Bibliomania: the Egyptian Ptolemys loved their library

In Nuce: Literatuer and Language Geekland
From Egypt Past and Present by William Adams, Curiosities of Literature by Isaac D'Israeli, and Ancient History by Philip Myers:

After the death of Alexander the Great in 323 B. C., the vast conquered territories of Greece were divided as spoils between his chief captains. Egypt was awarded to Ptolemy Lagus, also known as Soter, who went on to father a dynasty of Greek rulers, including infamous Cleopatra at the end of the line.

Several of the Ptolemys proved to be great lovers of learning, and during their reigns, Egypt became a repository for the science and learning that had begun to languish in a degenerating Greece.

The first Ptolemy founded the famous library at Alexandria, a seat of scholarship in the ancient world. On the front of the building was engraved, "The nourishment of the soul," or as  Greek historian Diodorus interpreted, "The medicine of the mind." Ptolemy drew artists, poets, and philosophers to Alexandria by promising them special privileges, gifts, and his patronage.

According to Isaac D'Israeli, British writer and scholar, the second Ptolemy, Philidelphus"infused a soul" into his father's legendary library by appointing  librarian Demetrius Phalereus,
whose skilful industry amassed from all nations their choicest productions. Without such a librarian, a national library would be little more than a literary chaos. 
Under the direction of Philidelphus, Hebrew scripture was translated into Greek. This translation, known as the Septuagint, derived it's name from the number of translators, seventy, or septuaginta in Latin.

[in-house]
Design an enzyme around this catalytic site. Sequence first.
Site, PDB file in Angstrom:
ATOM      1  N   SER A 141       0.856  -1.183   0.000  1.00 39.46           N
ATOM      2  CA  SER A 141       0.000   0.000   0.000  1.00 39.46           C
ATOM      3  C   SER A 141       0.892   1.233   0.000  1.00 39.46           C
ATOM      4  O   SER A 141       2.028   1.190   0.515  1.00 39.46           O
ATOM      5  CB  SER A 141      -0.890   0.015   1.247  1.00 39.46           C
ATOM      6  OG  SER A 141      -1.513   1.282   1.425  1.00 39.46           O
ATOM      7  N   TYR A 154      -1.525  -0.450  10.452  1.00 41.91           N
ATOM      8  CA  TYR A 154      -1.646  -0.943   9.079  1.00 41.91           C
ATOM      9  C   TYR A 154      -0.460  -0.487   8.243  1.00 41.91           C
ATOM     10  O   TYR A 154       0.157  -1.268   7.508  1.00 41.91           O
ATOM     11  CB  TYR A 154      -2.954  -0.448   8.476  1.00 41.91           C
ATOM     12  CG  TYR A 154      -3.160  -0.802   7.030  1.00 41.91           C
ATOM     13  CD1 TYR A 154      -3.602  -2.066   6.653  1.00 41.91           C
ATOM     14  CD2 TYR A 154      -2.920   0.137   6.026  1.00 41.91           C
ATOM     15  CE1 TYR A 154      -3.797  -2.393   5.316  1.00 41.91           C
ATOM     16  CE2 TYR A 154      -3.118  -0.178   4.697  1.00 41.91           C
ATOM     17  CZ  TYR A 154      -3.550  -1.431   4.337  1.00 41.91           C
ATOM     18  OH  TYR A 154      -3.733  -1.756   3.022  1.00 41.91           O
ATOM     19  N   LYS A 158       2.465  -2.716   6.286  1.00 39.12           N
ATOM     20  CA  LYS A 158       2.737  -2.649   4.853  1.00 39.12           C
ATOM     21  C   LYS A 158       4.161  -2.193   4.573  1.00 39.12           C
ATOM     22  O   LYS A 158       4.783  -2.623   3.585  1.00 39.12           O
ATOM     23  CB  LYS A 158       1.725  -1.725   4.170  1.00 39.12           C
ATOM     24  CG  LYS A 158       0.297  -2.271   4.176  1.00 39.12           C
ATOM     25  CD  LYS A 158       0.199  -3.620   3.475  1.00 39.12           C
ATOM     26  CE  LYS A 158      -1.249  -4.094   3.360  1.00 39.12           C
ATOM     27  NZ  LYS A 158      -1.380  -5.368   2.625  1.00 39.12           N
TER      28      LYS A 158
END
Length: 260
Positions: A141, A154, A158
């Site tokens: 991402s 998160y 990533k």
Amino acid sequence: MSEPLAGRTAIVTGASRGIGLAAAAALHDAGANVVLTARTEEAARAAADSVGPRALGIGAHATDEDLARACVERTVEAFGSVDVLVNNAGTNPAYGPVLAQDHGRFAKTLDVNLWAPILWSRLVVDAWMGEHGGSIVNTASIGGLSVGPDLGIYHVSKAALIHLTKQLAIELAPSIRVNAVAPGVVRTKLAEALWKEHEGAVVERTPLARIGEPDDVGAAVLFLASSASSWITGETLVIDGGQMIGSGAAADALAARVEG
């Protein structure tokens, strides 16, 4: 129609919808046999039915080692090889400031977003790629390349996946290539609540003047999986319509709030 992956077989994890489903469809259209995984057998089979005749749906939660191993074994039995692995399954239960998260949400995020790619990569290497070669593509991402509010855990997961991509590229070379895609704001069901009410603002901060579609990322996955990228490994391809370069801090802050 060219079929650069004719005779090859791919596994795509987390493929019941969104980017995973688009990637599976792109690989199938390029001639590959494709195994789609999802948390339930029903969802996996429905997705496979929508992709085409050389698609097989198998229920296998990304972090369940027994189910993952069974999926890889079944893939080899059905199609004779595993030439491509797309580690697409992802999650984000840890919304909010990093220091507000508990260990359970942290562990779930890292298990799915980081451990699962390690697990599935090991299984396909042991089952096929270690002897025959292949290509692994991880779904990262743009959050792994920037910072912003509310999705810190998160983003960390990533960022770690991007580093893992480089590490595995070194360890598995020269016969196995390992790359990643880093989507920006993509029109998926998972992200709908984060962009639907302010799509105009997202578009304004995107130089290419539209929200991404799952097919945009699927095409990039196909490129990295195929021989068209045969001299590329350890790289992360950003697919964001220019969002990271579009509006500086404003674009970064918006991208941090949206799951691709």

Philidelphus' love of literature was so great, in fact, that he refused to send wheat to a starving Athens until Athens had sent him the original manuscripts of Æschylus, Sophocles, and EuripidesPhilidelphus, meaning to make copies of the originals for the library in Alexandria, instead ended up keeping the original manuscripts and returning the copies, allowing the Athenians to keep the security deposit he had put on the originals. We assume he also sent the wheat he had promised.

The third Ptolemy, whose surname Euergetes meant "Benefactor", continued to expand the Egyptian/Greek kingdom and increase the Alexandrian library. Aristophanes frequented his court. 

D'Israeli continues:
Even when tyrants, or usurpers, possessed sense as well as courage, they have proved the most ardent patrons of literature; they know it is their interest to turn aside the public mind from political speculations, and to afford their subjects the inexhaustible occupations of curiosity, and the consoling pleasures of the imagination. Thus Pisistratus is said to have been among the earliest of the Greeks, who projected an immense collection of the works of the learned, and is believed to have been the collector of the scattered works, which passed under the name of Homer.

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